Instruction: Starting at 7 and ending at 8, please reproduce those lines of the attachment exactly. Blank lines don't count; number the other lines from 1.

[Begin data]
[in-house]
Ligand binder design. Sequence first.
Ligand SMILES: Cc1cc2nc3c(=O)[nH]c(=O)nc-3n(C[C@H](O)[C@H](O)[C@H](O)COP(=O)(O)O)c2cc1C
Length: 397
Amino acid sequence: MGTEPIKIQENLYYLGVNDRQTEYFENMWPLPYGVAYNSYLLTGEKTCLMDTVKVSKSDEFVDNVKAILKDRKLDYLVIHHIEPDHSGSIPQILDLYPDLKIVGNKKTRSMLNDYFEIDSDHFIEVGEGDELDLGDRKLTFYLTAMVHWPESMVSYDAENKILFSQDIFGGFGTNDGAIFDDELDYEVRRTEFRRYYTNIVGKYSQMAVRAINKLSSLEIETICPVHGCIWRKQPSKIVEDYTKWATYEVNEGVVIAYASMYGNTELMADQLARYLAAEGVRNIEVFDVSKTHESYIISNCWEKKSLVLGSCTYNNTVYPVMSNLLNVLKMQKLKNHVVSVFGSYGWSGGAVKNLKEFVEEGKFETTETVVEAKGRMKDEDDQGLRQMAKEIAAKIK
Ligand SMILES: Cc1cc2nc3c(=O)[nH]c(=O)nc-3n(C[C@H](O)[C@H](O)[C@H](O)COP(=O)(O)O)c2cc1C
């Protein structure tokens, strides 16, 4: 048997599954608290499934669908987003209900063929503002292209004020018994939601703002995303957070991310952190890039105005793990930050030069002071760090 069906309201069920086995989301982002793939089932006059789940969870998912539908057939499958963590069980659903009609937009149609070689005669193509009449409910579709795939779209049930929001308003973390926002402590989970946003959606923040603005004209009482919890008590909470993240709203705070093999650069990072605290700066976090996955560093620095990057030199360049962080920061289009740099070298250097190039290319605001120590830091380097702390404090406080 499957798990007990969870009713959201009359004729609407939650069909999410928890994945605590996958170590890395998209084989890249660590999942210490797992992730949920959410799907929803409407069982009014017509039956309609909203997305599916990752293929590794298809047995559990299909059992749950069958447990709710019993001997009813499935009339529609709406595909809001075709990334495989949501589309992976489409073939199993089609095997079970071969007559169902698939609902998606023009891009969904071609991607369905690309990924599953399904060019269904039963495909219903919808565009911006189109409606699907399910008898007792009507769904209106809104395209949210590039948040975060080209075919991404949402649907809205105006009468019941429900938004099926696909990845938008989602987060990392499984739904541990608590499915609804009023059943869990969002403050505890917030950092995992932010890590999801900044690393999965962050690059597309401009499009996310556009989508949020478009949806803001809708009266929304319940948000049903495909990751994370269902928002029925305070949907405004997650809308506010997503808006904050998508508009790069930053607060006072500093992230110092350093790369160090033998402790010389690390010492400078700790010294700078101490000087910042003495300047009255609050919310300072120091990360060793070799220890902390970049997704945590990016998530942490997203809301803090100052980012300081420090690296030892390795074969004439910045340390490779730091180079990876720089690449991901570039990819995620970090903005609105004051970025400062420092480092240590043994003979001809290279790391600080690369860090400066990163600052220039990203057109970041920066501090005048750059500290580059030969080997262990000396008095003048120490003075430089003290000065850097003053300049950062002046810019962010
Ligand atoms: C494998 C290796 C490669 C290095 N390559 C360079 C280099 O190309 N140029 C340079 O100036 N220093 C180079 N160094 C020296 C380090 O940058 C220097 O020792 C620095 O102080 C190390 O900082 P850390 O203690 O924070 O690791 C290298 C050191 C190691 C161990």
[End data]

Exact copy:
């Protein structure tokens, strides 16, 4: 048997599954608290499934669908987003209900063929503002292209004020018994939601703002995303957070991310952190890039105005793990930050030069002071760090 069906309201069920086995989301982002793939089932006059789940969870998912539908057939499958963590069980659903009609937009149609070689005669193509009449409910579709795939779209049930929001308003973390926002402590989970946003959606923040603005004209009482919890008590909470993240709203705070093999650069990072605290700066976090996955560093620095990057030199360049962080920061289009740099070298250097190039290319605001120590830091380097702390404090406080 499957798990007990969870009713959201009359004729609407939650069909999410928890994945605590996958170590890395998209084989890249660590999942210490797992992730949920959410799907929803409407069982009014017509039956309609909203997305599916990752293929590794298809047995559990299909059992749950069958447990709710019993001997009813499935009339529609709406595909809001075709990334495989949501589309992976489409073939199993089609095997079970071969007559169902698939609902998606023009891009969904071609991607369905690309990924599953399904060019269904039963495909219903919808565009911006189109409606699907399910008898007792009507769904209106809104395209949210590039948040975060080209075919991404949402649907809205105006009468019941429900938004099926696909990845938008989602987060990392499984739904541990608590499915609804009023059943869990969002403050505890917030950092995992932010890590999801900044690393999965962050690059597309401009499009996310556009989508949020478009949806803001809708009266929304319940948000049903495909990751994370269902928002029925305070949907405004997650809308506010997503808006904050998508508009790069930053607060006072500093992230110092350093790369160090033998402790010389690390010492400078700790010294700078101490000087910042003495300047009255609050919310300072120091990360060793070799220890902390970049997704945590990016998530942490997203809301803090100052980012300081420090690296030892390795074969004439910045340390490779730091180079990876720089690449991901570039990819995620970090903005609105004051970025400062420092480092240590043994003979001809290279790391600080690369860090400066990163600052220039990203057109970041920066501090005048750059500290580059030969080997262990000396008095003048120490003075430089003290000065850097003053300049950062002046810019962010
Ligand atoms: C494998 C290796 C490669 C290095 N390559 C360079 C280099 O190309 N140029 C340079 O100036 N220093 C180079 N160094 C020296 C380090 O940058 C220097 O020792 C620095 O102080 C190390 O900082 P850390 O203690 O924070 O690791 C290298 C050191 C190691 C161990």